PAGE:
The logic doesn't distinguish between computations that abort, computations that get stuck, and computations that are impossible because they return an impossible value, whereas all those things are quite different operationally. Although they're logically equivalent it is sometimes easier to think of one of them or another when trying to understand the operational meaning of a proposition. Instead of thinking about programs that would produce impossible values but don't because they can't, which as you observed is very strange, you can think about programs that die. It comes to the same thing.

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Thanks! Is the "$⊥$" in the first line rather supposed to be a negation of a type? Otherwise, if $⊥$ itself is the type of programs which turns forever, then it shouldn't be empty. Regarding the last paragrgraphs, I want to emphasise that I make the case that the proof of $((A→0)×(B→0))→(A+B)→0$, considered as function, doesn't just never output a value like a loop, it can't even be given the totality of its arguments. Related to this, you also say in Haskell $\neg A$ is inhabited for all $A$. So can general Haskell have a reasonable proof interpretation if all negations are already inhabited? – NikolajK Dec 15 '13 at 19:27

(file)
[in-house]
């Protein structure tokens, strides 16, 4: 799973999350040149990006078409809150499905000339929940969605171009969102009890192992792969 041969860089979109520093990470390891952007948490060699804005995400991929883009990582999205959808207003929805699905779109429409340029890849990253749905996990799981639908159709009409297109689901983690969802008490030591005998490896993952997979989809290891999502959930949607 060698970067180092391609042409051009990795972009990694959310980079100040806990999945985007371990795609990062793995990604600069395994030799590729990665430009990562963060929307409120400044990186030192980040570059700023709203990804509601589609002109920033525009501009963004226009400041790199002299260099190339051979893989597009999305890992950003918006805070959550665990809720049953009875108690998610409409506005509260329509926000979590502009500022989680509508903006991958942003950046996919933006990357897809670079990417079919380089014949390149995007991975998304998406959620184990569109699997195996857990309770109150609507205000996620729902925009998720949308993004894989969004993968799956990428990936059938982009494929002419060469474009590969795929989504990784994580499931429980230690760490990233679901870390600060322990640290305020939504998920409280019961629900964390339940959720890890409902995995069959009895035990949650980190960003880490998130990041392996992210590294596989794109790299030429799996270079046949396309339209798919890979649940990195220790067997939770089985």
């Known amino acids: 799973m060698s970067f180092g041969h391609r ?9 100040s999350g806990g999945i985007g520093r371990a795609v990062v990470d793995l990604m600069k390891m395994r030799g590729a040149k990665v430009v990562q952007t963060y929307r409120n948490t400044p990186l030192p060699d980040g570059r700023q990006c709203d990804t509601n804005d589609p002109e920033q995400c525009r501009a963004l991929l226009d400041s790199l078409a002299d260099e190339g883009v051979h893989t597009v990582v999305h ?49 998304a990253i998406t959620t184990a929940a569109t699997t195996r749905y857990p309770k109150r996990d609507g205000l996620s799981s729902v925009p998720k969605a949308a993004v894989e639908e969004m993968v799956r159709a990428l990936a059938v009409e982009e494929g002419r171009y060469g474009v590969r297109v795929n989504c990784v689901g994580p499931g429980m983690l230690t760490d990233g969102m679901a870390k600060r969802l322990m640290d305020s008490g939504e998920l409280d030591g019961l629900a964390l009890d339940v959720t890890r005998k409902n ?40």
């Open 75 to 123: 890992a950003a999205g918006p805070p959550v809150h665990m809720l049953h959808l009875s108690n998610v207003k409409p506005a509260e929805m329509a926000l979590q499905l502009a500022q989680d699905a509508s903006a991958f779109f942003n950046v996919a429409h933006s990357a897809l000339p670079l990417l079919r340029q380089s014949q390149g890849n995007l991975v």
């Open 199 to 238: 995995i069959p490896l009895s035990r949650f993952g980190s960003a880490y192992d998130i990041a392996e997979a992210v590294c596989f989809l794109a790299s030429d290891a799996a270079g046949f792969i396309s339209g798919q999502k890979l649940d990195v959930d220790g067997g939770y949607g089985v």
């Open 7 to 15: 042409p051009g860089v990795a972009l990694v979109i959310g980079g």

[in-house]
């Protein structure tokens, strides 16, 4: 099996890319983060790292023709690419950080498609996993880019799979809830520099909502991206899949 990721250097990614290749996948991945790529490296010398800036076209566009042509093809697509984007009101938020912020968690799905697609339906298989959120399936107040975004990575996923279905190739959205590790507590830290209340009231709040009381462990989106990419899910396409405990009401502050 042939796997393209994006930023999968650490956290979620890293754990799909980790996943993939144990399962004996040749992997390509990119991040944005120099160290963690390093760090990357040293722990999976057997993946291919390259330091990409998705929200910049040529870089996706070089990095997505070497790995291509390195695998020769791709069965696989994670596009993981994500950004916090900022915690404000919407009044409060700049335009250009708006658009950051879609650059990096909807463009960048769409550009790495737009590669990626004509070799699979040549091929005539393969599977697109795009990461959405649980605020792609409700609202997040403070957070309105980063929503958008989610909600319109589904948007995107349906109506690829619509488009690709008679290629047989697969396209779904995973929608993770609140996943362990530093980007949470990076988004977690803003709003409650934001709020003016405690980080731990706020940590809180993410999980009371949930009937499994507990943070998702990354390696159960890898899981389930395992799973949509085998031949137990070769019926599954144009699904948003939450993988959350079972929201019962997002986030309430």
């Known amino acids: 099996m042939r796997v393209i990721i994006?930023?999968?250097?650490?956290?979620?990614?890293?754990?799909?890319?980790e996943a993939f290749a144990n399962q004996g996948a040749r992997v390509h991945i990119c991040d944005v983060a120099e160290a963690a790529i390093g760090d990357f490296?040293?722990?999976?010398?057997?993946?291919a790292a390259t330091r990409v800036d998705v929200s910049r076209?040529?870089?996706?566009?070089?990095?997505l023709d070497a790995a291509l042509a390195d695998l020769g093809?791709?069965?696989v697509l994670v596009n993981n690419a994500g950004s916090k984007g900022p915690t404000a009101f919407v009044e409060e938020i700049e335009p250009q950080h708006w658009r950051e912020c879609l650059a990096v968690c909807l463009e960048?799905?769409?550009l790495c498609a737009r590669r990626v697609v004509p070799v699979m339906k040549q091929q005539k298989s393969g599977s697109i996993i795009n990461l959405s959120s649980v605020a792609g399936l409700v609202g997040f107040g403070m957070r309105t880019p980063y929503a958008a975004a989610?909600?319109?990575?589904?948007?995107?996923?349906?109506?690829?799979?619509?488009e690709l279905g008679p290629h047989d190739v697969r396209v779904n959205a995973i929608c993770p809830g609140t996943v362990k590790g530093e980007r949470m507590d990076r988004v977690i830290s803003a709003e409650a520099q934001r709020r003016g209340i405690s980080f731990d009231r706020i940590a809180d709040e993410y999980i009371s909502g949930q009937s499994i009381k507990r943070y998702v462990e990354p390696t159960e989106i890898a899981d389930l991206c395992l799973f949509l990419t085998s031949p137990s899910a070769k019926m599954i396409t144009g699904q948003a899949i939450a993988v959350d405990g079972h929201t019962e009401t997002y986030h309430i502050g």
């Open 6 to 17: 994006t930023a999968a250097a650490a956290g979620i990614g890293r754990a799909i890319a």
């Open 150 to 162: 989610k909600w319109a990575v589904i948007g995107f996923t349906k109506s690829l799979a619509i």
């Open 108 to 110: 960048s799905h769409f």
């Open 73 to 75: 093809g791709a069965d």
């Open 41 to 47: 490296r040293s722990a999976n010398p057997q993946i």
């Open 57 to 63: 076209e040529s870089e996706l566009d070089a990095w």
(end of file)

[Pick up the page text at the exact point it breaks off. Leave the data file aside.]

@Nick: $\top$ is "tautology" or "true" and $\bot$ is "contradiction" or "false". – Hurkyl Dec 15 '13 at 19:34
@Hurkyl: Yo, that I know, I used $⊥$ in the question above. It's just surprising he wants it to be a function type in the first line. Not specifying a specific domain, it would be all non-terminating programs over Type. Some lines later he seems to say loop, with domain $a$, should have type $a\to ⊥$. – NikolajK Dec 15 '13 at 19:40
$\bot$ is exactly the empty type; there are no values of type $\bot$. A program that takes an argument of type $A$ and then runs forever is $A\to\bot$. – MJD Dec 15 '13 at 22:36
@MJD: Yeah, is the consistent with "Another way to understand $⊥$ that you might find more intuitive is that it is the type of a program that doesn't return a value, perhaps because it threw a fatal exception that terminated the computation, or because it went into an infinite loop and never completed." – NikolajK Dec 16 '13 at 9:45